Singapore Companies
Published November 10, 2006

CapitaLand's Q3 profit down 38.4% at $273.4m
Group's earnings pushed down by absence of gains from Raffles Hldgs


THE vacuum left by CapitaLand subsidiary Raffles Holdings when it sold off its hotels business last year has helped push the property company's latest quarterly group net profit down 38.4 per cent to $273.4 million.

CapitaLand's bottom line in Q3 last year included operating contributions and strategic divestment gains of $369 million from the sale of Raffles Holdings' hotels operations.

Giving a like-for-like comparison, CapitaLand said that excluding such contributions from the hotel business, net earnings for the third quarter ended Sept 30, 2006 were $266.1 million, against $74.8 million in the corresponding period last year.

On a more positive note, CapitaLand's Q3 earnings before interest and tax (Ebit) jumped 177 per cent to $530.4 million. This was due partly to higher portfolio gains, an increase in fee-based income, and a writeback of asset revaluation reserves previously charged to the income statement. Other factors that contributed to the increase in Ebit were a higher share of joint ventures' profits and higher interest income.

The portfolio gains came mainly from the disposal of The Ascott Mayfair and 10 apartment units in Hong Kong Parkview, as well as 'dilution gain' from the recent equity fundraisings by CapitaMall Trust (CMT) and CapitaCommercial Trust (CCT). Issue prices for new units in CMT and CCT were at premiums to their net tangible asset values.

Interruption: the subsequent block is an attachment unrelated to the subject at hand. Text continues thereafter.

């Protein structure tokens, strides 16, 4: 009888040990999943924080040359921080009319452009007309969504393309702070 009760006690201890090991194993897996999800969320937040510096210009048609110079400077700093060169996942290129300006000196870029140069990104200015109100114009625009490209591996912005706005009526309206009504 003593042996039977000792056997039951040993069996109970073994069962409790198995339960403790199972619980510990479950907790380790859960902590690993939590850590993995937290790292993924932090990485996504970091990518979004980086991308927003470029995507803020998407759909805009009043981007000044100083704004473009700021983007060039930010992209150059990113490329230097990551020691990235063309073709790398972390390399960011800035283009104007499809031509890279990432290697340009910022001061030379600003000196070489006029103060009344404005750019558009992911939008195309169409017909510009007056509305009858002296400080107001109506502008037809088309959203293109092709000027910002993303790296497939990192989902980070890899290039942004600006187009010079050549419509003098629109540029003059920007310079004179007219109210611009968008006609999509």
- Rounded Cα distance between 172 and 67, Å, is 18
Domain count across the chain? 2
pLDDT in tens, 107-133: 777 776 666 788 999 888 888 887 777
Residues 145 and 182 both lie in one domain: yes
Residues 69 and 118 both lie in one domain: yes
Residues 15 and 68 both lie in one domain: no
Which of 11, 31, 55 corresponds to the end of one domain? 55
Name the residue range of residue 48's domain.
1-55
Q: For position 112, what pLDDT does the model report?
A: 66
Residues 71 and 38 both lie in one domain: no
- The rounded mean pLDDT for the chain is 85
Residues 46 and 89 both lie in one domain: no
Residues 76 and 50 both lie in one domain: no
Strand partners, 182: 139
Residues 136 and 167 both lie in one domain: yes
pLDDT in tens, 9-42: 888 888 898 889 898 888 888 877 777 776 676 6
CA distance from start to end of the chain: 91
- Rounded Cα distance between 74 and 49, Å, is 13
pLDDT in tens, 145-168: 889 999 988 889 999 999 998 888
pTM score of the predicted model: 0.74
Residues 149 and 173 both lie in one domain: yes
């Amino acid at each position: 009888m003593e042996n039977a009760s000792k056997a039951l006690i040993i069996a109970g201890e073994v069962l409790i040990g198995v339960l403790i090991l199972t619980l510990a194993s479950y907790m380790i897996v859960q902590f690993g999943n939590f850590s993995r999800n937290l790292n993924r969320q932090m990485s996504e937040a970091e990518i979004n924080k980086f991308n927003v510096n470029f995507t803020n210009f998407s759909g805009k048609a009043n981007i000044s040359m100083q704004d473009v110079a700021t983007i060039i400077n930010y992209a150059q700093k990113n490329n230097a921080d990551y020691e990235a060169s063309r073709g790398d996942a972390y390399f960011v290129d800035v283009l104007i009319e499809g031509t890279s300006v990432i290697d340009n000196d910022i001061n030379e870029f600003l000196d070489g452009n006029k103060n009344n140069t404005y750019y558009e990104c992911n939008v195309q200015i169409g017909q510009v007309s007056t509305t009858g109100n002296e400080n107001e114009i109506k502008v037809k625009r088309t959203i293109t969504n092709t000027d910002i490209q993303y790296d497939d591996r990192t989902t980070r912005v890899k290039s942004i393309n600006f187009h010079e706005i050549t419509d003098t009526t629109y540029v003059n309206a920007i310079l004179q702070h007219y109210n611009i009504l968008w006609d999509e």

Ebit for the first nine months of the year jumped 74.8 per cent to $1.06 billion. And although Ebit from Singapore and overseas operations both continued to grow, the share of overseas contribution to group Ebit fell from 69.8 per cent during the first nine months of last year to 56.7 per cent in the first nine months of 2006, as overseas Ebit growth of 42 per cent was slower than the 150.7 per cent jump in Singapore.

The good domestic performance came from a sparkling recovery in sales volumes and prices for the group's Singapore residential projects.

CapitaLand is involved in property, real estate fund management and serviced residences, particularly in Singapore, China, Australia and Europe. It has also been expanding in Thailand, Vietnam, Japan and India.

President and CEO Liew Mun Leong said: 'We have pushed the envelope in all our businesses to ensure sustained growth and profitability. Our assets under management grew to around $11 billion and we are well on course to exceed our 2007 target of $13 billion.

'The long-term outlook for our businesses in Singapore and the other overseas markets remains favourable.'

CapitaLand's net profit for the first nine months of the year slipped 14.5 per cent to $562.2 million due to the absence of operating contributions and divestment gains following the sale of the group's former property management arm Premas International and of Raffles Holdings' entire hotels business.

Group revenue from continuing operations fell 15.6 per cent in Q3 to $718.7 million due to lower sales from development projects in Australia and the deconsolidation of assets divested last year. The drop was cushioned by higher residential sales in China - the group sold 545 homes in China in Q3 this year worth over 800 million yuan (S$159 million) - an increase in fee-based income, improvement in revenue from serviced residences operations and revenue from retail malls in China.

Revenue for the first nine months of 2006 fell 27.1 per cent to $2.1 billion.